In 2003, there was a total of 86 spills/releases in Colorado. As of October 19, 2011, the total reported spills/releases in Colorado was 3,877.
Over 47% of the spills/releases from January 2003 to March 2008 contaminated groundwater or surface water, according to The Oil and Gas Accountability Project.
In August 2011, Kerr-McGee spilled cancer-causing benzene at concentrations exceeding state standards by as much as 320 times. The spills contaminated groundwater and, in one case, the Boulder White Rock irrigation canal and South Boulder Creek.
What gets spilled?
Crude oil, condensate, produced water, diesel fuel, glycol, amine, lubricating oil, hydraulic fracturing fluids, drilling muds and other chemicals.
More than 2 million gallons spilled in Colorado in 2011
Spills in Colorado in 2011 are at the rate of seven every five days, releasing more than 2 million gallons of diesel, oil, drilling wastewater and chemicals that contaminated land and water.
How much is two million gallons? It's enough to fill almost 8 Olympic-sized swimming pools.
In 2011, Colorado groundwater was contaminated in 58 spills. Streams were contaminated 18 times. Berms designed to contain spills overflowed 204 times.
COGCC recently declared four companies responsible for the largest number of spills to be "Outstanding Operators" and lauded them for environmental excellence.
COGCC regulations on spills and releases
If any fluids are spilled or released, operators are required to:
- Control and contain the spill immediately upon discovery to protect the environment;
- Investigate and clean up the spill as soon as practicable;
- Take additional action as directed by the COGCC to prevent or mitigate significant adverse environmental impacts and comply with state soil and ground water standards;
- Determine the cause of the spill and, to the extent practicable, implement measures to prevent similar spills in the future;
- Notify the COGCC as soon as practicable, but not more than 24 hours after discovery, if the spill impacts or threatens to impact any state water, residence or occupied structure, livestock, or public byway;
- Notify the COGCC within 10 days if the spill exceeds 210 gallons; and
- Notify the surface owner as soon as practicable, but not more than 24 hours after discovery, if the spill is reportable to the COGCC.
These requirements apply to all spills and releases regardless of size or when they were discovered.
Some causes of spills:
- corrosion holes in pipelines
- leaks from storage tanks
- overflowing pits
- equipment failure
- broken hydraulic lines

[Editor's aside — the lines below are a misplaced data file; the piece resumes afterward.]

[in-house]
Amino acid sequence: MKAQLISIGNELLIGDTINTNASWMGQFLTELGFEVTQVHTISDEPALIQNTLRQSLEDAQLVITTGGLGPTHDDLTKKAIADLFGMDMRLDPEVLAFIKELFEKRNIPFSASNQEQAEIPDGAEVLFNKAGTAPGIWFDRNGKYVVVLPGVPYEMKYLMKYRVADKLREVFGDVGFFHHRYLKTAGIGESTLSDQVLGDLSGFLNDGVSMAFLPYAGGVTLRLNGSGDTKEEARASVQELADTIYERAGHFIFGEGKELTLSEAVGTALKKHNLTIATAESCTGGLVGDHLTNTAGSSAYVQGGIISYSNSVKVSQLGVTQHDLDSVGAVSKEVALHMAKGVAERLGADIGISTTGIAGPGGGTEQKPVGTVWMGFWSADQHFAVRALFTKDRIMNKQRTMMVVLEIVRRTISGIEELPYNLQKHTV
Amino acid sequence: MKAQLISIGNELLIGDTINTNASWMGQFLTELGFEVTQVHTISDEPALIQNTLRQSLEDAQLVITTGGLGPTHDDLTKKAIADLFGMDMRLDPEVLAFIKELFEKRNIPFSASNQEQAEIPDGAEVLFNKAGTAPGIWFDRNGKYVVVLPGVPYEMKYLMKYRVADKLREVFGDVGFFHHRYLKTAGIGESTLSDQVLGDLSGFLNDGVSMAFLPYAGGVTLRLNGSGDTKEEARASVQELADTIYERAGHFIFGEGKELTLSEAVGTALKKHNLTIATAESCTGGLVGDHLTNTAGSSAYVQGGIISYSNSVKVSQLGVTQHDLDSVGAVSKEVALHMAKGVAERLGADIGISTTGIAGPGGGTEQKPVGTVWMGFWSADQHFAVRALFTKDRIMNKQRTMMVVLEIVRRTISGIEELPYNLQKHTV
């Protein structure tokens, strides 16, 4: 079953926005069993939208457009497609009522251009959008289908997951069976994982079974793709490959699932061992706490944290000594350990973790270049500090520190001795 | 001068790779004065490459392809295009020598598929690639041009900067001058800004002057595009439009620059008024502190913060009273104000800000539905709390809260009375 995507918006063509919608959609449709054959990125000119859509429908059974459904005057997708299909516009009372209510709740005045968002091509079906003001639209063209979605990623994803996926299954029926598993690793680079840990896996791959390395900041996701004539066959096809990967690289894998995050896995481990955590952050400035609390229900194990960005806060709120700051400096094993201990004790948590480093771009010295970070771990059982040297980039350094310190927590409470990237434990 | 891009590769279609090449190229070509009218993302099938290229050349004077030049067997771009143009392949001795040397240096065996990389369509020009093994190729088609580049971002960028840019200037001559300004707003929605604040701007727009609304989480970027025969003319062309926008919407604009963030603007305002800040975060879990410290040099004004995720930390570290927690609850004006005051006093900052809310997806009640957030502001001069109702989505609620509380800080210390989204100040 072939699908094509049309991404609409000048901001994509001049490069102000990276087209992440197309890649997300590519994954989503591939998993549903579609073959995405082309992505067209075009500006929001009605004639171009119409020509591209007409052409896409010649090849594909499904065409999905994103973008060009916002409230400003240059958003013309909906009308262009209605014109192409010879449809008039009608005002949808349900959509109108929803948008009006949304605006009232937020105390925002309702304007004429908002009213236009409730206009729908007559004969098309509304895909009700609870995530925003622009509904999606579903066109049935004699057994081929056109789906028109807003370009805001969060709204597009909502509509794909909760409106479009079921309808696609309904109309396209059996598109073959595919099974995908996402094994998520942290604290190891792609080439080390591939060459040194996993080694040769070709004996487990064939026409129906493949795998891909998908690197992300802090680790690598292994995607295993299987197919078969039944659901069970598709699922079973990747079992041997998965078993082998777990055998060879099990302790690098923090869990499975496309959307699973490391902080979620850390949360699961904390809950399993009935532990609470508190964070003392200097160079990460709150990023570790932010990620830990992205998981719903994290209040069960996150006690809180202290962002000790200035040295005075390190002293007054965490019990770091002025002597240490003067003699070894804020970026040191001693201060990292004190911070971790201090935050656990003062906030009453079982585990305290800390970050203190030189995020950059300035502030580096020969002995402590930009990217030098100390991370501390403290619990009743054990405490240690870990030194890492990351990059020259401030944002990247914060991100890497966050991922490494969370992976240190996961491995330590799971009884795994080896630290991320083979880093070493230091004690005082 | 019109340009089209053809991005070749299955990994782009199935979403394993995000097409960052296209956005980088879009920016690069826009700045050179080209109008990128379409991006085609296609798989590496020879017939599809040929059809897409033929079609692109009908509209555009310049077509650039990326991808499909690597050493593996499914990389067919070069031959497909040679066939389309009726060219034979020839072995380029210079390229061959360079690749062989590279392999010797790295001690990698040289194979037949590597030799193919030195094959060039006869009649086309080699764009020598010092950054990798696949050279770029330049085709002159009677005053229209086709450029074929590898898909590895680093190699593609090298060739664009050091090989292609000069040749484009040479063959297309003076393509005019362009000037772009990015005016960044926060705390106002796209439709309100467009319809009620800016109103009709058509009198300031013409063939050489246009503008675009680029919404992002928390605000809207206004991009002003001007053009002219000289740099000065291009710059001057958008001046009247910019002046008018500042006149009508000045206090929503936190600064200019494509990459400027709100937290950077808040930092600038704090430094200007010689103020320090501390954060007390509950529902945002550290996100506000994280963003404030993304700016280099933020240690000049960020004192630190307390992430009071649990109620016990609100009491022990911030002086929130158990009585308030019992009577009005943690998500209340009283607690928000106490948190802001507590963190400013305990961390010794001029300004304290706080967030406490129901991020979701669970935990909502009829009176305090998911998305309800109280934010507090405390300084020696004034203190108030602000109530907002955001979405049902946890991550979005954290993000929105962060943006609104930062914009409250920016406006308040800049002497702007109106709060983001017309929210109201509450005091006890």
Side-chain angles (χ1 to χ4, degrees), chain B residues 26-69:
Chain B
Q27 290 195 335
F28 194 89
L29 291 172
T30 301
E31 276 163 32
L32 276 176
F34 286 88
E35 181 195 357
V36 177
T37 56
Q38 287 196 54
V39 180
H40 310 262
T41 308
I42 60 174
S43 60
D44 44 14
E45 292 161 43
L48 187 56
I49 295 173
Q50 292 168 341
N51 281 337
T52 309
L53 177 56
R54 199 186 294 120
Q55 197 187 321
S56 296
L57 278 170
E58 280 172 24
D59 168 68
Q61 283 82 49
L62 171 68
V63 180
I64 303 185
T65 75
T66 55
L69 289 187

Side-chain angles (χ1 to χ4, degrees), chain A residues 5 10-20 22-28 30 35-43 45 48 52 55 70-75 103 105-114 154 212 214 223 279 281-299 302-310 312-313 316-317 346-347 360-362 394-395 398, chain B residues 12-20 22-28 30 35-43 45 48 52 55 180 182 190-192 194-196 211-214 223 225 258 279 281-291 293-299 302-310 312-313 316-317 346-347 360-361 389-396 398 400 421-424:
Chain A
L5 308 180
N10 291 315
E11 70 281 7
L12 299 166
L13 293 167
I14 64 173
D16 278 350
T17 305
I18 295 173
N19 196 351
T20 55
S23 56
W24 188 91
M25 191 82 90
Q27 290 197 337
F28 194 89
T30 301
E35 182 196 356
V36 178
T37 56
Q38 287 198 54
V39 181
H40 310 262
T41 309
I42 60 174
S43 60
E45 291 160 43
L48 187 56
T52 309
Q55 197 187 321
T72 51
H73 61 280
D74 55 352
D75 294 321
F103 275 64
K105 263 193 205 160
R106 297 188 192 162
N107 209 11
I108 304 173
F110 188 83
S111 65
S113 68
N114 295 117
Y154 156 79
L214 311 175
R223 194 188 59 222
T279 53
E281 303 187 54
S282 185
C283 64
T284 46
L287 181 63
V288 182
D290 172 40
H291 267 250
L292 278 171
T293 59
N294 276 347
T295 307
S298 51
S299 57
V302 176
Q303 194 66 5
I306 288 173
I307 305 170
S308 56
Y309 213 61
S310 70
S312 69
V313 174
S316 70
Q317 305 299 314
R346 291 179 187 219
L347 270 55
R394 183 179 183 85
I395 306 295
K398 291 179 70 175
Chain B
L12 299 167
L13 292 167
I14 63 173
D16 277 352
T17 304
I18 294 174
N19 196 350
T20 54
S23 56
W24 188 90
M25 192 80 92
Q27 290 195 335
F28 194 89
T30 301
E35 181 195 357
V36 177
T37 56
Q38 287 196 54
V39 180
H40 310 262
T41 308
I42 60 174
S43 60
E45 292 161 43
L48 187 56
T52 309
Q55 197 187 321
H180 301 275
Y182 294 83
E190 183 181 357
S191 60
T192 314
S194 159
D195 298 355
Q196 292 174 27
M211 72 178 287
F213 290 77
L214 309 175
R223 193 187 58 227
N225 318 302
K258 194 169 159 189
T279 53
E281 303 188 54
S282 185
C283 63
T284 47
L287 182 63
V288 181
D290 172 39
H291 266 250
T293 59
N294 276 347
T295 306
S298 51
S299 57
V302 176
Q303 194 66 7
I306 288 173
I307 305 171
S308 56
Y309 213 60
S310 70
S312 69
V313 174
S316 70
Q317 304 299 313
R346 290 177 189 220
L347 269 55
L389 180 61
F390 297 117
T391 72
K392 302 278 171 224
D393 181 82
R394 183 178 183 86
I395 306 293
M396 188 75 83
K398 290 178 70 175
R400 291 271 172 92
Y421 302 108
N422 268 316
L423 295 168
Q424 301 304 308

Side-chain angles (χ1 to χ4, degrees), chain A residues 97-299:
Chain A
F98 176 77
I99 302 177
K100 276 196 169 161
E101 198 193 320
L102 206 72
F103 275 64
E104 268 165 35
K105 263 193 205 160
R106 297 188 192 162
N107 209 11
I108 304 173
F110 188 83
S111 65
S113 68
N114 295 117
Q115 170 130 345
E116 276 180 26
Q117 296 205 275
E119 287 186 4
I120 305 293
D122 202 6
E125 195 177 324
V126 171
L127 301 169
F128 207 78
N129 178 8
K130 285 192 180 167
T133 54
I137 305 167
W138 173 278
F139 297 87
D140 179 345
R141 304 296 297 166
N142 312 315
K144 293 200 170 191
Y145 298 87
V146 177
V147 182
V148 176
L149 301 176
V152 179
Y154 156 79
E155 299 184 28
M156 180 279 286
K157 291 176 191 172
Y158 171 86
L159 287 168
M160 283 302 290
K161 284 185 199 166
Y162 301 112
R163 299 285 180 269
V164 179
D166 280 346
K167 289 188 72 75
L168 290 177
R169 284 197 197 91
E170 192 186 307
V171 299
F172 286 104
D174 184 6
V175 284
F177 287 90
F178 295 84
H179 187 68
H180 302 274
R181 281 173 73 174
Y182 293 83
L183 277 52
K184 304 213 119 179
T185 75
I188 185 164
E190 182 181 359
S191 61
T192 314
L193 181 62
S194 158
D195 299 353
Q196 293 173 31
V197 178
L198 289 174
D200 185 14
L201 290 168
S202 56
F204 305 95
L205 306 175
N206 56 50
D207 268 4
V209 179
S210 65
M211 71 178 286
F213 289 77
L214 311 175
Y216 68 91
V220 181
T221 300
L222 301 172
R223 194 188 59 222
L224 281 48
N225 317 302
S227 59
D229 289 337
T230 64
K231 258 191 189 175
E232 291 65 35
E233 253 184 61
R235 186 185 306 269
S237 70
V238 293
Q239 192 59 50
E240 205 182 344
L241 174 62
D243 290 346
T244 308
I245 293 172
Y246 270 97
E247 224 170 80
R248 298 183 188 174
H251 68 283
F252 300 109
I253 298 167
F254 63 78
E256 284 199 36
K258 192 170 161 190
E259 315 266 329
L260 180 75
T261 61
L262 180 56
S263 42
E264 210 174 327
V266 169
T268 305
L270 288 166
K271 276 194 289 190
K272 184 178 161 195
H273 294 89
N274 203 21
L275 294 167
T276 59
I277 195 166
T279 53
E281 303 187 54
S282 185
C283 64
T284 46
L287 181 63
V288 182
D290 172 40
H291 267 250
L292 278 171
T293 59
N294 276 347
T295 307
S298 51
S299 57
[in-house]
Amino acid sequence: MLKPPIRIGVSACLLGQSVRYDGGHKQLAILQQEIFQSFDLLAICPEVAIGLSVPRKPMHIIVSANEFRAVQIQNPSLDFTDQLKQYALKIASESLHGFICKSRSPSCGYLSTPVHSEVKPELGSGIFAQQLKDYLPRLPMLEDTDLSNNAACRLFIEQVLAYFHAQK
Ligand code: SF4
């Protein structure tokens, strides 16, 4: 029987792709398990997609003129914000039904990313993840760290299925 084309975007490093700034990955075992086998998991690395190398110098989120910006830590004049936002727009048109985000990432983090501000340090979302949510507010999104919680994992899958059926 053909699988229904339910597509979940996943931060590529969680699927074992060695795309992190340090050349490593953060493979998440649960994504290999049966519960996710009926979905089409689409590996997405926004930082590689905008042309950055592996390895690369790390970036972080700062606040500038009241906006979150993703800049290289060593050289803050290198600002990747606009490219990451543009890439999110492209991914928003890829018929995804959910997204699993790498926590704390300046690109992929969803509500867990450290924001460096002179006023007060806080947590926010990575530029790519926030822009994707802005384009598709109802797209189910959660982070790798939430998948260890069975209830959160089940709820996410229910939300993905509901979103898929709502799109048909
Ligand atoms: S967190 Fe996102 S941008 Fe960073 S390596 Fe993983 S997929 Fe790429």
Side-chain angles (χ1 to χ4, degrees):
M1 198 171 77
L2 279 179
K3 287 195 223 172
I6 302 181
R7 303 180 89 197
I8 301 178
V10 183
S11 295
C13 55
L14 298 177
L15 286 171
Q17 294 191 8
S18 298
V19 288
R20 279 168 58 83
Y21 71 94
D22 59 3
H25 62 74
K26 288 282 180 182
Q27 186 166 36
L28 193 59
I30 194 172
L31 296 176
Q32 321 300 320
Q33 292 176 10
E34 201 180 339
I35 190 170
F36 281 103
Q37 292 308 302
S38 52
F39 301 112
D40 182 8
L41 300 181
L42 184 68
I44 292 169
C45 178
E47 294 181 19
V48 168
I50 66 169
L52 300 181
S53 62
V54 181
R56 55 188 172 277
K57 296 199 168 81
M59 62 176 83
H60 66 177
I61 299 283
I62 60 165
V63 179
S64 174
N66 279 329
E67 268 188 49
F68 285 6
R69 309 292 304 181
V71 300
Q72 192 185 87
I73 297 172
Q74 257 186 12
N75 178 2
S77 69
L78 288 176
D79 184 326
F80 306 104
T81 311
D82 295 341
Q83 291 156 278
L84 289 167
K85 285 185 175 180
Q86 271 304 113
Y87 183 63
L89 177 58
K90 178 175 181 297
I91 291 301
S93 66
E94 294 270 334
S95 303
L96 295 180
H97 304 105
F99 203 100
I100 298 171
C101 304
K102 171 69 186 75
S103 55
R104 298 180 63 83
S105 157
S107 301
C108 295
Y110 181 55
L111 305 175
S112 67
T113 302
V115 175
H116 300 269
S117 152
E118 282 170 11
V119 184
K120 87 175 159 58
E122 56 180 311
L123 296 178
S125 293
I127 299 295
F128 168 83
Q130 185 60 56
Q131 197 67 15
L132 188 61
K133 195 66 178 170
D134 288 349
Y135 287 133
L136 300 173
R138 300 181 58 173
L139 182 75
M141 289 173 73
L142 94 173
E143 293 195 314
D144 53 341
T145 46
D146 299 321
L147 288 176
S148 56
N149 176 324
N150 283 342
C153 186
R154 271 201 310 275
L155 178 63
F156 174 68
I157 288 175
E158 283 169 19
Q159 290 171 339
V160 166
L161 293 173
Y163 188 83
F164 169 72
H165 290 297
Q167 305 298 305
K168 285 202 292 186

- tanker truck accidents
- operator error
What happens after a spill?
Generally, the area is closed off, leaks repaired and soil and groundwater samples sent for laboratory analysis. Affected soils are excavated and moved to an authorized disposal site. Groundwater is removed by a vacuum truck. Affected areas could be pressure washed and wash water recovered by a vacuum truck.
Reports are prepared and COGCC or the Colorado Department of Public Health and Environment reviews and approves clean-up plans to ensure that they are procedurally acceptable and operationally appropriate for cleaning up the contaminants of concern.
Ned Prather was thirsty after he and his wife drove up the dusty road to their cabin. He went to the sink and filled a glass with water.
I tipped it up just like this and just started guzzling -- like an idiot. I didn't know it was bad until I drank two- thirds of the cup," said the 61-year-old outfitter. His throat burned. His head pounded. His stomach hurt. He felt like he was going to suffocate.
Eighteen oil and gas wells are located within 3,000 feet of Prather's spring. COGCC concluded the contamination came from a leaking pipe, pit or tank. Prather suspects it was the 8,000 gallons of diesel spilled when a spigot was accidentally left open the winter before his spring went bad.
More leaks and spills in cold-weather
Frozen valves and other problems related to cold temperatures resulted in at least a half-dozen early-winter leaks and spills in 2010 involving Garfield County oil and gas operations.
Michael Freeman of the legal organization Earthjustice said the increasing number of spills on the Roan Plateau help illustrate that if drilling occurs on the newly leased areas on public land on the plateau, spills will follow, threatening rare plants and fish, including genetically pure Colorado River cutthroat trout.
"The question's not if, but when, and how many," Freeman said.
Total number of oil and gas spills and notices of alleged violations (per county) filed with the State of Colorado - Maybe?
Drilling spills rise in Colorado, but fines rare http://www.denverpost.com/search/ci_18881512
Four oil and gas companies responsible for 350 spills named "outstanding operators" by regulators
COGCC rules on spills and production waste http://cogcc.state.co.us/RR_Asps/900Series.pdf
Fears of tainted water well up in western Colorado http://www.denverpost.com/news/ci_13535728#ixzz1CMJldhVz
Cold-weather spills may help case against drilling on Roan leases
How fracking is harmful
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